The relationship between author and editor is rarely straightforward. To paraphrase a chestnut (bear with me here), there are as many different versions of a book as there are writers working on it. I mean there are exceptions, of course. My editor is lovely, for example, and our relationship is a lovely one and all of the alterations that have been suggested have been lovely and have improved my book no end. But things are often more complex than this.
To illustrate the idiosyncracies of the interaction, I thought I’d share with you some extracts from a conversation between an author and his editor. They are taken from a transcript that came into my possession – coincidentally enough – at the very moment I thought I’d write about the subject...
Writer: So how is this going to work then? I haven’t been edited before, you see.
Editor: Well there’s nothing to worry about. It’s a collaborative process. But you will have the final say.
Editor: I think we need to look at X and how it ties in with Y.
Writer: Are you sure? Because I think that dynamic is one of the strengths of the book.
Editor: I think it’s a bit underwritten.
Writer: It’s intentionally underwritten. I’m being playful; I wrote it to leave the reader wanting more.
Editor: I see. That’s an interesting idea. Can you make it a bit more…obvious?
Editor: This bit here. Where C describes D as E. ‘And a little bit F’. Can we do without it?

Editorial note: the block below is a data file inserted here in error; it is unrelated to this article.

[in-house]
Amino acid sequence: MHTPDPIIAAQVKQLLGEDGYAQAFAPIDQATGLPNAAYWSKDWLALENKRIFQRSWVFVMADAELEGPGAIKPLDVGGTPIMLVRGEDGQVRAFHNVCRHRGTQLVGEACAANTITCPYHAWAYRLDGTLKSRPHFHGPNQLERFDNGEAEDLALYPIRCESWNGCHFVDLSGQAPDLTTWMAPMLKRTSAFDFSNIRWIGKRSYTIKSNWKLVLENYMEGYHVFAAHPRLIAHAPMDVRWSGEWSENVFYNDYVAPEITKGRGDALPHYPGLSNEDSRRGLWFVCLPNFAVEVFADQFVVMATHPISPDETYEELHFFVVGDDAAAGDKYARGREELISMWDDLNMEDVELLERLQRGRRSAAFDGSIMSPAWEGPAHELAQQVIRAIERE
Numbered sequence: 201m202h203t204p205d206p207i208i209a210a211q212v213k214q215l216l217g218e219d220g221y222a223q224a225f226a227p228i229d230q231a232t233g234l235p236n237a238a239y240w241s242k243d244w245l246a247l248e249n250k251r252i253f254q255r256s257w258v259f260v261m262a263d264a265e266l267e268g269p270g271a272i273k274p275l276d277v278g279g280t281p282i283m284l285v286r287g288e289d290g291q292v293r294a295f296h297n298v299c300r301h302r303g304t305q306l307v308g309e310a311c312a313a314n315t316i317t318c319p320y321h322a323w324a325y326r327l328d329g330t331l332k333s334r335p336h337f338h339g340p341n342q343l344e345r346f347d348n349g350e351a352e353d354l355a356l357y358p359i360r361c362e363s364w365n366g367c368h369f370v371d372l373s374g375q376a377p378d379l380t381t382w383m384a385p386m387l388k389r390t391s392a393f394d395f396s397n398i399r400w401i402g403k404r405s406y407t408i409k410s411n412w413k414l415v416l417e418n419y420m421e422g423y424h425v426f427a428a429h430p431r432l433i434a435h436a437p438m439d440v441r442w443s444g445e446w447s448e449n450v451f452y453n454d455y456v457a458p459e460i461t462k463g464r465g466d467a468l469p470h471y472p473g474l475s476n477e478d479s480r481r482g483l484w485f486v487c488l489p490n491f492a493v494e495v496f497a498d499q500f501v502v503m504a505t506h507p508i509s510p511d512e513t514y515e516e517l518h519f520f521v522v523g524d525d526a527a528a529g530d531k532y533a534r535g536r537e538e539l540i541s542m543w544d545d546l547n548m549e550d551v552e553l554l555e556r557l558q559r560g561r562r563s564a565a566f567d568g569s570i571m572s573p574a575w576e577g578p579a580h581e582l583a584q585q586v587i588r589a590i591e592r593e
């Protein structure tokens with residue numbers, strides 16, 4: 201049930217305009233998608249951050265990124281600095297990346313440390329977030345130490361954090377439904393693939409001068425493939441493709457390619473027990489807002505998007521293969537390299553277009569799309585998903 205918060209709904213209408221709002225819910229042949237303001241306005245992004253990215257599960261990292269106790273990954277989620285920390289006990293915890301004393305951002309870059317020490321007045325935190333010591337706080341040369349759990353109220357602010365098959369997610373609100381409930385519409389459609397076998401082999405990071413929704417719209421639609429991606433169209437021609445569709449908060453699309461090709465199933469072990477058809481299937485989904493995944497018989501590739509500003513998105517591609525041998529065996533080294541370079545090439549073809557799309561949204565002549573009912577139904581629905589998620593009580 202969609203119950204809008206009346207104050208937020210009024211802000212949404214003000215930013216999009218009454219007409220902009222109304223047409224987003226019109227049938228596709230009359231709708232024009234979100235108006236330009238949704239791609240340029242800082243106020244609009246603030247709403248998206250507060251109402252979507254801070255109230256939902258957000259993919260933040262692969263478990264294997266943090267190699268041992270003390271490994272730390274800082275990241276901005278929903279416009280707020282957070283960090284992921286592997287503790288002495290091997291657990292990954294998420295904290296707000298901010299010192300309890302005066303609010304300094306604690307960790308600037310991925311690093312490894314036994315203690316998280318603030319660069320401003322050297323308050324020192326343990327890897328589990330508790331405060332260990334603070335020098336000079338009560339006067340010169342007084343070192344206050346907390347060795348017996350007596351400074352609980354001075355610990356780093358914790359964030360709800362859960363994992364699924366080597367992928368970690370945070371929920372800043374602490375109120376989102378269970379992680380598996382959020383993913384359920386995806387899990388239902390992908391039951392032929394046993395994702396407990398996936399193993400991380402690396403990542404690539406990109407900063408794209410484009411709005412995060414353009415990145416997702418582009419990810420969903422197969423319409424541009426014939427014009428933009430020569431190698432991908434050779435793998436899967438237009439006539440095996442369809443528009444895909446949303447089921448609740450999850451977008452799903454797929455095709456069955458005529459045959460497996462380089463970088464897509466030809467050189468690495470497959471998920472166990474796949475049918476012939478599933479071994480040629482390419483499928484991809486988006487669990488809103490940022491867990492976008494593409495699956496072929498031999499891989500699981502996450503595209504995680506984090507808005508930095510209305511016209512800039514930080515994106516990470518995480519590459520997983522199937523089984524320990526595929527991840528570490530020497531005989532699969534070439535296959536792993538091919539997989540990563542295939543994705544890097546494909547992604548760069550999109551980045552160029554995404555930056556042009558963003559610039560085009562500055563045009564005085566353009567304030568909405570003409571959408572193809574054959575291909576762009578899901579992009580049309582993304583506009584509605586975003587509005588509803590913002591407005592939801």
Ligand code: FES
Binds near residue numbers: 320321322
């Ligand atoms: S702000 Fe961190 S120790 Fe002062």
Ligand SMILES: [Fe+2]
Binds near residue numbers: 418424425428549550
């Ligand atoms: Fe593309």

Writer: Why’s that?
Editor: Because it’s sexist.
Writer: But C is sexist.
Editor: But we don’t want to alienate female readers.
Writer: Not even at the expense of character development?
Editor: Let me put it another way. I think your strength lies in creating more rounded – more nuanced - characters than C.
Writer: More nuanced, you say? Yes, I suppose it does, doesn’t it. I’ll have a think.
Editor: This joke. Can we lose it? I don’t think it’s sharp enough.
Writer: Really? I love that joke. Don’t you get it?
Editor: Oh I get it. I just think it could be sharper.
Writer: Because I love that joke.
Editor: I can tell. Let me put it another way. I don’t think it’s up to your usual high standard.
Writer: Really? It pales in comparison, you mean? Fair enough. I’ll get rid.
Editor: This passage here. Do you think you can look at it again? I think it’s a bit dense. I’ve suggested some alterations.
Writer: What do you mean ‘a bit dense’?
Editor: I think it slows everything down.
Writer: It’s supposed to slow everything down. I’m interrogating the fallacy of narrative drive.
Editor: Let me put it another way. I think what’s absolutely marvellous about this book is its flow.
Writer: Good point. Consider it done.
Writer: You see this stuff here. About X and how it ties in with Y. You want it cut?
Editor: Yes please.
Writer: Why’s that then?
Editor: I just think you’re overstating things. I don’t think you need to spell it out like that.
Writer: You know you said this is a collaborative process.
Writer: And that I have the final say?
Writer: Well, is it? And do I?
Editor: Let me put it another way...
You can read one of Charlie's recent short stories, 'Theme Park Love Story', on the Neon Magazine website.